Elections Reveal Continued Need for Voting Reform

November 13, 2012

by LaShawn Y. Warren

As we move past the 2012 elections and turn our eyes toward a host of pressing political, social, and economic issues, we must not lose sight of the continuing voting challenges unearthed by these elections. While significant progress has been made to expand access to the ballot box, we cannot ignore the persistent attempts to thwart participation through onerous photo ID requirements and other voting restrictions. Last week’s elections clearly demonstrated just how much more improvement is needed. Poorly trained poll workers, machine breakdowns, and inaccurate voter registration lists produced long lines that forced voters to wait hours simply to vote.

In Florida, voters were still waiting in line at two in the morning, as President Obama ended his victory speech. This was in addition to arbitrary rules for in-person absentee balloting, voting machines paper jams, and election officials in one Florida county informing voters they could vote through Wednesday! Fortunately, this was not a close election and a dramatic replay of 2000 was avoided, but the potential for electoral chaos remains systemic in the administration of our elections. As a key battleground state, the spotlight is frequently on voting issues in Florida, but these types of problems occur over and over again across the nation. 

In a country that leads the world in the development of trend setting technology, it is difficult to imagine why our elections remain so antiquated. “We’re the greatest democracy in the world,” Tom Brokaw said, covering yet another election night. “But when voting time comes, we do everything but get a candle and a nightgown and walk in somewhere and make a mark with a sharp stick of some kind.  It's crazy.” It is more than crazy; it is shameful. Voting is essential to our constitutional order and the health of our democracy. It is central to the essence of citizenship. We should pride ourselves in making it easy for citizens to participate in the political process.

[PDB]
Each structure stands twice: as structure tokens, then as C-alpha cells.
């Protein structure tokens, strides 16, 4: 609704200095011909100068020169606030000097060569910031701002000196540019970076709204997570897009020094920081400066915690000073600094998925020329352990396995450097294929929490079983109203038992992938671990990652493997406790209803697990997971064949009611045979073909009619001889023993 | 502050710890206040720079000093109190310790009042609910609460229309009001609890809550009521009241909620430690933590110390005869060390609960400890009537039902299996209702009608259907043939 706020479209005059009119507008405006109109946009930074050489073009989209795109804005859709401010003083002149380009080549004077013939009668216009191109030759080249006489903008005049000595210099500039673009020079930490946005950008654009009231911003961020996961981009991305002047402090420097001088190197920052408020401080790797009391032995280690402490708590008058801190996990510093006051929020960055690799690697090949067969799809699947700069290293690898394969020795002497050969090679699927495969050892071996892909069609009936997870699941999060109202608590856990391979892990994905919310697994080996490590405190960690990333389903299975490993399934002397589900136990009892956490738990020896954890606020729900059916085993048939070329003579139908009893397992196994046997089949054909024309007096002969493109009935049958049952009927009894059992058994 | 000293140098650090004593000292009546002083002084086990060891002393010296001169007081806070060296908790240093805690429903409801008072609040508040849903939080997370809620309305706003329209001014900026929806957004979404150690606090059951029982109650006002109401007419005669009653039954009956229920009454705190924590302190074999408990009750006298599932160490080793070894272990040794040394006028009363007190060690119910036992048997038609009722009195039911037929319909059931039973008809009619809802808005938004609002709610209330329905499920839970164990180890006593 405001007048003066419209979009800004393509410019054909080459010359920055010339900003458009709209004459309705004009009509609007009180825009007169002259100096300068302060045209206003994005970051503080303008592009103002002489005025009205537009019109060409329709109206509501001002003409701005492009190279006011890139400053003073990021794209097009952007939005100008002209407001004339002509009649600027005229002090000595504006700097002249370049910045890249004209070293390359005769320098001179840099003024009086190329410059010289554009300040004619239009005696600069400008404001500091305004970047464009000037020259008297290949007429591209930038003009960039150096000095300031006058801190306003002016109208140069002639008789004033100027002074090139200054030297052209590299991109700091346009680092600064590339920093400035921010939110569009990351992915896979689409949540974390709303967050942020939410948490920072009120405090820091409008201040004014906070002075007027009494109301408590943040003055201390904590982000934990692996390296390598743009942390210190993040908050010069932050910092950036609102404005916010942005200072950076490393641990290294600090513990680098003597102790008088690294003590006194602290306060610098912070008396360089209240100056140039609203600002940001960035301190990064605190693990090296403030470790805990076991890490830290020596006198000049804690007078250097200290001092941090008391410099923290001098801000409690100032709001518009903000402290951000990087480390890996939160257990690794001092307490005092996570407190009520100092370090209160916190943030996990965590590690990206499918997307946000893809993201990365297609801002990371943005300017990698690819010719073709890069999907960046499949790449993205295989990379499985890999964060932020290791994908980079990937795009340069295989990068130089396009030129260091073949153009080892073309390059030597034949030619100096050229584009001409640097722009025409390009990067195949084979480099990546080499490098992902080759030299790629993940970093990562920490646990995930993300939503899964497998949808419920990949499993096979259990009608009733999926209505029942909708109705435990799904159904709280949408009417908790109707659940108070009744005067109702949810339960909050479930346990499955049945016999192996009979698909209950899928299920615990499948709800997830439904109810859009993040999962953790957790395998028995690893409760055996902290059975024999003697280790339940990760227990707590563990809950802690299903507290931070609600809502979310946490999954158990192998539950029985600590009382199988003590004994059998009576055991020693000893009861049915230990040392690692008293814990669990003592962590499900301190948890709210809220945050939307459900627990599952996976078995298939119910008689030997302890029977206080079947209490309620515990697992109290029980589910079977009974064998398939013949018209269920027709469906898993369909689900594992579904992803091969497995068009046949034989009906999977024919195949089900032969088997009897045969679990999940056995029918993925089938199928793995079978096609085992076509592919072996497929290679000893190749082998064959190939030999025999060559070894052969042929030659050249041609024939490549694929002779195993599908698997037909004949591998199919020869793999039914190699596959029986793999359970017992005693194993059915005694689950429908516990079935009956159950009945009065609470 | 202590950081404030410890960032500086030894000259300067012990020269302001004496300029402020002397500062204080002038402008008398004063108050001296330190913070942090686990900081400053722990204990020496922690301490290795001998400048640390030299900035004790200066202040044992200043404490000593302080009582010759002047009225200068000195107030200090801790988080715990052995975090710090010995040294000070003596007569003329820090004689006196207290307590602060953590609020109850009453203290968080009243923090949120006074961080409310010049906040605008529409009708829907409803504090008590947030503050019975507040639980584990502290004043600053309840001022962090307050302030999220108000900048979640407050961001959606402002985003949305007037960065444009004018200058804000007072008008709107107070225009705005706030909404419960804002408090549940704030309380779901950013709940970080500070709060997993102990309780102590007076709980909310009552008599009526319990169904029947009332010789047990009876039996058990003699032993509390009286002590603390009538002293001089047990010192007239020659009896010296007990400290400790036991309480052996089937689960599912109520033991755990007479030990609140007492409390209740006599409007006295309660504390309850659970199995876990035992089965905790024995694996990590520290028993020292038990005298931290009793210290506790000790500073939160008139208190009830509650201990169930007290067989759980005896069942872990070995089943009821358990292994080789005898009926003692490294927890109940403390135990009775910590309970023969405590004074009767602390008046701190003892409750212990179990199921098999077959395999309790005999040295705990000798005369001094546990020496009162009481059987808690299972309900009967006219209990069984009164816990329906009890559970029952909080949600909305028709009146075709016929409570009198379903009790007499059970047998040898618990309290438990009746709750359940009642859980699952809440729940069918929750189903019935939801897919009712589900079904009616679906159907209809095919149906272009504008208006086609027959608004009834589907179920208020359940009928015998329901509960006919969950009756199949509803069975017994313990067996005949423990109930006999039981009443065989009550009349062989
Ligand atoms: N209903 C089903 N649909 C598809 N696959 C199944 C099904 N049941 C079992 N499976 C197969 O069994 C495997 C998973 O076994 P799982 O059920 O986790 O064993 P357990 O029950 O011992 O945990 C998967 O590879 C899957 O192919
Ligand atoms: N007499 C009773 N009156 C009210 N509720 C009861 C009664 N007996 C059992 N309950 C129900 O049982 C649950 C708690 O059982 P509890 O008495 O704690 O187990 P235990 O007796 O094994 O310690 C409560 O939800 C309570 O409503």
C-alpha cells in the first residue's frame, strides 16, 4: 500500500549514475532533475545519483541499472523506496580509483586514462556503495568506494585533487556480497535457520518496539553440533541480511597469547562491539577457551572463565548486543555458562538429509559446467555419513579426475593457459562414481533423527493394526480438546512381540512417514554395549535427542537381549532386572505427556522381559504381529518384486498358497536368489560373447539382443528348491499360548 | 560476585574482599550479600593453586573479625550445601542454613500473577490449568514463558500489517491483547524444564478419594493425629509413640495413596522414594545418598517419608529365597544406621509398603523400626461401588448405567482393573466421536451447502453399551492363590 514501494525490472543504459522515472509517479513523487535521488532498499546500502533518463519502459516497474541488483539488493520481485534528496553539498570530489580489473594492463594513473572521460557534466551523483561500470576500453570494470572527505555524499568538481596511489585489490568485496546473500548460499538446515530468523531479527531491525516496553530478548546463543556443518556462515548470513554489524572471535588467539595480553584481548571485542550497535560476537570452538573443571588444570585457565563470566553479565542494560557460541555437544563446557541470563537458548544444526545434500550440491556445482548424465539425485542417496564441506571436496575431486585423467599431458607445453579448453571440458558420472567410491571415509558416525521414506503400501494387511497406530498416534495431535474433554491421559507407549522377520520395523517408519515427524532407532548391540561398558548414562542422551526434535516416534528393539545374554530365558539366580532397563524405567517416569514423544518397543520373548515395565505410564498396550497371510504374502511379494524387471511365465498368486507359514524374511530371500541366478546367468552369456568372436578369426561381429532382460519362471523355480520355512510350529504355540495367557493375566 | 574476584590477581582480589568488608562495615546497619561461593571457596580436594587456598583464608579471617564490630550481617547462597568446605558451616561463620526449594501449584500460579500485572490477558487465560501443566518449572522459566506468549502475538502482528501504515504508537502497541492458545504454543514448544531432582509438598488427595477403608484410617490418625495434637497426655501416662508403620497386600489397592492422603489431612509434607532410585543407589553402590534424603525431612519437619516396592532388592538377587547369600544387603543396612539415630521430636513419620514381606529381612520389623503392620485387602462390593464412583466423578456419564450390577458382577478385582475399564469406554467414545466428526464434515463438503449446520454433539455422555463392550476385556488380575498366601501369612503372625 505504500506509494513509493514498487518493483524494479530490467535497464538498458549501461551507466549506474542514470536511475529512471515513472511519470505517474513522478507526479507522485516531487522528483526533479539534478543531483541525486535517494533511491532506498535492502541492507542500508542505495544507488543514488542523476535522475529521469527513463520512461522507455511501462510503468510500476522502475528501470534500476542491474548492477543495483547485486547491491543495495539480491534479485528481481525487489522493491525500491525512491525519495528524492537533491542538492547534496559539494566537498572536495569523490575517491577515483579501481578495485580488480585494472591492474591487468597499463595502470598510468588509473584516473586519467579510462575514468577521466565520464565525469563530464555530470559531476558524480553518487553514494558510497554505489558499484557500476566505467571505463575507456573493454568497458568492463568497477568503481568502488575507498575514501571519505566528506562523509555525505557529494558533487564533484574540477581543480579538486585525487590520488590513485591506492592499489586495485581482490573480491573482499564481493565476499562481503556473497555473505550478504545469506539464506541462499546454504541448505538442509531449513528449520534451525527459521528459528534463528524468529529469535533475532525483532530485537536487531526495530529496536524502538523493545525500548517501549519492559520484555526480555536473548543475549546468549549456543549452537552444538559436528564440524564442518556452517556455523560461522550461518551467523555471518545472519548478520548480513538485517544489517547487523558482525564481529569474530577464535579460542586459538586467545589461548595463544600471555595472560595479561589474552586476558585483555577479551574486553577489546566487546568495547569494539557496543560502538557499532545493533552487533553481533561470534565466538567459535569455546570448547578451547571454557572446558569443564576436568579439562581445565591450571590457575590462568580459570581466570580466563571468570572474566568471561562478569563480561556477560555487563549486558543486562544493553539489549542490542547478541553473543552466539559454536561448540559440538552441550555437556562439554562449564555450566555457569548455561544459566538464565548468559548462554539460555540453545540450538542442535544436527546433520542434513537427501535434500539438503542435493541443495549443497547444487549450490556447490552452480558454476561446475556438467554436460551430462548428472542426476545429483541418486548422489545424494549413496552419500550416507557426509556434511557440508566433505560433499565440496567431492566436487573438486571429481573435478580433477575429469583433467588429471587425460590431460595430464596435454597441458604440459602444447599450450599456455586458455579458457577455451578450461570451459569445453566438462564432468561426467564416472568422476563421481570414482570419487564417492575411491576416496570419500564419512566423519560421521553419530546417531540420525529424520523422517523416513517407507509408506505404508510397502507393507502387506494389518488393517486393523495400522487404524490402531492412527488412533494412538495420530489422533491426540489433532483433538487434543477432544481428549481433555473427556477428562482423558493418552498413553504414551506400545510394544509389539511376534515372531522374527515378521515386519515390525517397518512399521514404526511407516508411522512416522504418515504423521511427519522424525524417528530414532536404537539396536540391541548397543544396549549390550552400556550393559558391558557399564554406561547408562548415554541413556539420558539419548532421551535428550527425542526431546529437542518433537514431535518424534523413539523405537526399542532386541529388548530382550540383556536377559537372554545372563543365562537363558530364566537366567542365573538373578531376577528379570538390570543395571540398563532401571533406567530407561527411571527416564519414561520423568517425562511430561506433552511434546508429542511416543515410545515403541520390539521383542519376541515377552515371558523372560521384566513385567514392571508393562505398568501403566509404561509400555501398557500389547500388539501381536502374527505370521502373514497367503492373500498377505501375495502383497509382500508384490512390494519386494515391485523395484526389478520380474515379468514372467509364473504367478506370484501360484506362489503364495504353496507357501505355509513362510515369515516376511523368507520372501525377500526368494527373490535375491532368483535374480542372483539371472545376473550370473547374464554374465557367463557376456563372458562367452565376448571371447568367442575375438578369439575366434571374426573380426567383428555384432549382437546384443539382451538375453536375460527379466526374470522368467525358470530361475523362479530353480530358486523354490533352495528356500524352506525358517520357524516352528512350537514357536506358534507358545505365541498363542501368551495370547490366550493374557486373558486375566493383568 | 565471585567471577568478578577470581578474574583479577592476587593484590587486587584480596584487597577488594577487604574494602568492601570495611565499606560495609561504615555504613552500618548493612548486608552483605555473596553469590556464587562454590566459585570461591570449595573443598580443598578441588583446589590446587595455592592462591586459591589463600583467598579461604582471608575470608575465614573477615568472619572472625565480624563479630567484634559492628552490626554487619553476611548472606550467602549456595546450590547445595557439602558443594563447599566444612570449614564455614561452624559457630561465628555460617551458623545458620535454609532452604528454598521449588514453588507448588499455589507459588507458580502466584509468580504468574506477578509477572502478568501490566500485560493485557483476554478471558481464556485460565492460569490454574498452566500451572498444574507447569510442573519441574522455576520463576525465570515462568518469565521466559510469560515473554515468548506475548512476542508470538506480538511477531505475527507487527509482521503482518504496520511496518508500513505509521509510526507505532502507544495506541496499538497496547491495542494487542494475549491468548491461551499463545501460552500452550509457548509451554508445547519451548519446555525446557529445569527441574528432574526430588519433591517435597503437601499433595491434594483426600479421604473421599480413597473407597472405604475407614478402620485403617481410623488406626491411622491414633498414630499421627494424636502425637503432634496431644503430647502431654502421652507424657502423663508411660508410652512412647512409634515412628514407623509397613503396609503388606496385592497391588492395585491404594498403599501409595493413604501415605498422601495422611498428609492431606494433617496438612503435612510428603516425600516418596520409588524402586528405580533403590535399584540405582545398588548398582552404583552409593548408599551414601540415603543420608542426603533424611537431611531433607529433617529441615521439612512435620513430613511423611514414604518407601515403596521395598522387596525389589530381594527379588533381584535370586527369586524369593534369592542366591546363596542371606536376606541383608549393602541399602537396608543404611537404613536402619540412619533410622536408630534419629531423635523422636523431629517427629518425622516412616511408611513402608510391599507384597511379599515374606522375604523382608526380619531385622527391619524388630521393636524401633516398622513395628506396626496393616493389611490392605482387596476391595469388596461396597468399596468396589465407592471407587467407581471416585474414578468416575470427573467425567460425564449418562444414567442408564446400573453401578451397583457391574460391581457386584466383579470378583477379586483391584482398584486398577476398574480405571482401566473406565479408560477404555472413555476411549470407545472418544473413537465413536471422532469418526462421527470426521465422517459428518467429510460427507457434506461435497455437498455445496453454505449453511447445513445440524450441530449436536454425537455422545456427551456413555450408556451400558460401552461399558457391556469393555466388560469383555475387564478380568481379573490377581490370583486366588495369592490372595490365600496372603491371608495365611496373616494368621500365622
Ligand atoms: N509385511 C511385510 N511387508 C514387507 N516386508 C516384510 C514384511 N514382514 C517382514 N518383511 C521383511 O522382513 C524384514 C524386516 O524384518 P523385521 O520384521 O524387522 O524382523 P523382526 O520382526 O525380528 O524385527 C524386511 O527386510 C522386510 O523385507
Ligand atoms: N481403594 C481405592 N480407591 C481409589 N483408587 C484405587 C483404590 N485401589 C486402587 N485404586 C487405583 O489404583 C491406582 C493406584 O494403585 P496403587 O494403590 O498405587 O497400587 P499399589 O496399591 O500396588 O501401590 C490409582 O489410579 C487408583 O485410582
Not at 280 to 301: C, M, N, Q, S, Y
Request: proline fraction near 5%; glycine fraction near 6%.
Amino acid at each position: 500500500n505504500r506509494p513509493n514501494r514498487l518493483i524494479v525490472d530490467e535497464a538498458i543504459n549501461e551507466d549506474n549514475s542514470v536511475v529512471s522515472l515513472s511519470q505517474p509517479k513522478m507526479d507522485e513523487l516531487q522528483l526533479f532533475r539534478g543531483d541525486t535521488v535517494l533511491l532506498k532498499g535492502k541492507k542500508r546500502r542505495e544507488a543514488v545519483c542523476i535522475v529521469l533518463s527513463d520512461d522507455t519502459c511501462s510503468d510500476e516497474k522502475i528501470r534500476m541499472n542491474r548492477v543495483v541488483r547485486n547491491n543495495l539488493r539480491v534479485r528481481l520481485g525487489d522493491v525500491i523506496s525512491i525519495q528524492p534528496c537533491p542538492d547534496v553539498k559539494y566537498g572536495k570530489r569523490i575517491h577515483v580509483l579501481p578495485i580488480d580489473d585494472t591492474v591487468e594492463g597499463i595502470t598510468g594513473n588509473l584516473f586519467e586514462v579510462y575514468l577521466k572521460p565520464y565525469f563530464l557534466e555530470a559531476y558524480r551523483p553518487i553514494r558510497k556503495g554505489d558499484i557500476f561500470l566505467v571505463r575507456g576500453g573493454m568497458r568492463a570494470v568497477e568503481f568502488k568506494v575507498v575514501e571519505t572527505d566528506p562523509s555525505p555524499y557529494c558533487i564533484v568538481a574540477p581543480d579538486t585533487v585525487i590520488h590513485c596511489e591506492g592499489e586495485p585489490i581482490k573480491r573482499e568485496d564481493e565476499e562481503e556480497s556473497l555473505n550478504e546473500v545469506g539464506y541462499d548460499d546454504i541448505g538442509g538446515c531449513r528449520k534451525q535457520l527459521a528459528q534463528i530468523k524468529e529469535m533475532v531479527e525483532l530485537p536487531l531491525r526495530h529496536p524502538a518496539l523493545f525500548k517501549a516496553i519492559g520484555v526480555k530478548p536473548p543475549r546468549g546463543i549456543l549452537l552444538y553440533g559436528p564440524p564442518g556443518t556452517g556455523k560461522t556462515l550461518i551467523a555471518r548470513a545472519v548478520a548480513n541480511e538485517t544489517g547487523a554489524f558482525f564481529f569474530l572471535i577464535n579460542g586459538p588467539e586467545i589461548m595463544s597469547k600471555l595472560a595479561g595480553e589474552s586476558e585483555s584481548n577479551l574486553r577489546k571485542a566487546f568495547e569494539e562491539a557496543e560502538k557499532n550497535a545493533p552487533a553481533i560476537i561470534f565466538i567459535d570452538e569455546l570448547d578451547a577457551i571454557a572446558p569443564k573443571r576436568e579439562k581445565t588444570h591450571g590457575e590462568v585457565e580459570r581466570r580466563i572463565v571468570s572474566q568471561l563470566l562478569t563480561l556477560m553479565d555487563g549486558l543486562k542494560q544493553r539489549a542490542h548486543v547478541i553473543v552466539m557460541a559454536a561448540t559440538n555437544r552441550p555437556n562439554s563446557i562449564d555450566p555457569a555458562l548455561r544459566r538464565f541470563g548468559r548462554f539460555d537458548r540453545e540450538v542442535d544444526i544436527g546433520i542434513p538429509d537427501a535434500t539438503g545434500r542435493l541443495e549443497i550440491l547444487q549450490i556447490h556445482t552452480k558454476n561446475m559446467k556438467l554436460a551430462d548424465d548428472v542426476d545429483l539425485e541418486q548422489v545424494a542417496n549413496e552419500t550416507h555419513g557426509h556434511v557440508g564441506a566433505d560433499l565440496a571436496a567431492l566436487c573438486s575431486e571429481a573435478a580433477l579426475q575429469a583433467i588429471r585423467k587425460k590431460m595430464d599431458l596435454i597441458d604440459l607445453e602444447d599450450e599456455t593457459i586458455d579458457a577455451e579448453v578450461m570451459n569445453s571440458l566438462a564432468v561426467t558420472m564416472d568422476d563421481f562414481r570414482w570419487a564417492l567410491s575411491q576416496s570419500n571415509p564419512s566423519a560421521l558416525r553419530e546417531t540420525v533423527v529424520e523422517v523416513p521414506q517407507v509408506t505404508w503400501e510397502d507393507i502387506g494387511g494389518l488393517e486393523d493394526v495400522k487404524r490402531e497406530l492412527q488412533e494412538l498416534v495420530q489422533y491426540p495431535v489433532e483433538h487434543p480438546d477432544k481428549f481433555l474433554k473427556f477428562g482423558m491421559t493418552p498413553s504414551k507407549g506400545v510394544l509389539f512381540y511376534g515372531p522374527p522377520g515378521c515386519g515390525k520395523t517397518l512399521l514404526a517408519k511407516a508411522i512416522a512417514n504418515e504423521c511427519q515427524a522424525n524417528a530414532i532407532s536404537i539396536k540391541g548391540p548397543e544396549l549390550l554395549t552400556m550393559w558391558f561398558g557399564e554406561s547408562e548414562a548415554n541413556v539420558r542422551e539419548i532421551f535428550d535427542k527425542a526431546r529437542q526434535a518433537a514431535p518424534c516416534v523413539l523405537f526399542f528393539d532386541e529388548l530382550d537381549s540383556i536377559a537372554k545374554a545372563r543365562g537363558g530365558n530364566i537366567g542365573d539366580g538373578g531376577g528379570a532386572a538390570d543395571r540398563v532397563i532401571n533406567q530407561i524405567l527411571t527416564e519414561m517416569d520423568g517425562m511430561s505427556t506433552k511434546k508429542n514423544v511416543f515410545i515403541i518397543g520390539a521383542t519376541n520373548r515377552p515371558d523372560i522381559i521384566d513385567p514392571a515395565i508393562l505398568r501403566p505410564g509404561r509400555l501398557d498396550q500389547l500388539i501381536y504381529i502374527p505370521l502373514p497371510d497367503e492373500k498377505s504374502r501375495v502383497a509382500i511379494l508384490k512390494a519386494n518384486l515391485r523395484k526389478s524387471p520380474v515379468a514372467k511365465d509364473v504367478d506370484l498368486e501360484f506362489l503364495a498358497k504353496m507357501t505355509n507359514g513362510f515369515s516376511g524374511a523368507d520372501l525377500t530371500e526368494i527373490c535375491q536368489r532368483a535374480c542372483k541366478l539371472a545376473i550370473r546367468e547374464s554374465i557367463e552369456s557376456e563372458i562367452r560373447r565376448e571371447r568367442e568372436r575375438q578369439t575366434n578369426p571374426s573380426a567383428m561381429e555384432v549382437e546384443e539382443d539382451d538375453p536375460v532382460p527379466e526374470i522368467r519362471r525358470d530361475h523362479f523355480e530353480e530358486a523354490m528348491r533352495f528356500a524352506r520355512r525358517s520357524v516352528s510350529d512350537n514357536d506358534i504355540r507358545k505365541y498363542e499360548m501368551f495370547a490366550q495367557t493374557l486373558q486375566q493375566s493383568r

I had the opportunity to spend Election Day fielding complaints and questions as part of the Election Protection hotline. The hotline received more than 80,000 calls from concerned voters, and it was tremendously rewarding helping individuals exercise their right to vote.  It was also incredibly discouraging. The maze of procedural rules and logistical barriers that have been put in place in order to vote is astonishing, and often requires a lawyer to unravel. 

We have an alarming patchwork of rules governing our right to vote across this nation. An unregistered voter in Iowa need only show up at her polling place with a form of identification on Election Day in order to register and vote.  The same unregistered voter in Florida loses the right to vote.  More problematic, our election regulations vary not just from state to state, but county to county. As ACS Board Member and Ohio State University law school Professor Dan Tokaji has termed it, our elections suffer from a system of “hyper-decentralization.” This has produced not a shining example of federalism at work, but rather a tangled mess of problems that demand to be addressed even as this election fades from view.

Many of these problems can be fixed. Passed in the wake of the 2000 election, the Help America Vote Act was a step in the right direction in updating and modernizing our voting procedures, but more needs to be done to secure the franchise. Harnessing developing technology, and establishing uniform voting requirements for election administration, could go a long way toward ensuring public confidence in our democratic process. We also must invest more resources in our election system. A little bit of investment will pay large dividends down the road.

On election night President Obama thanked Americans of all stripes and all parties for participating in the election, whether they were first time voters or “waited in line for a very long time.”  “By the way,” Obama quickly added, “we have to fix that.” It would be a tragedy to continue to disfranchise voters when simple changes can be made to ensure a smooth, less cumbersome, and more inclusive election system.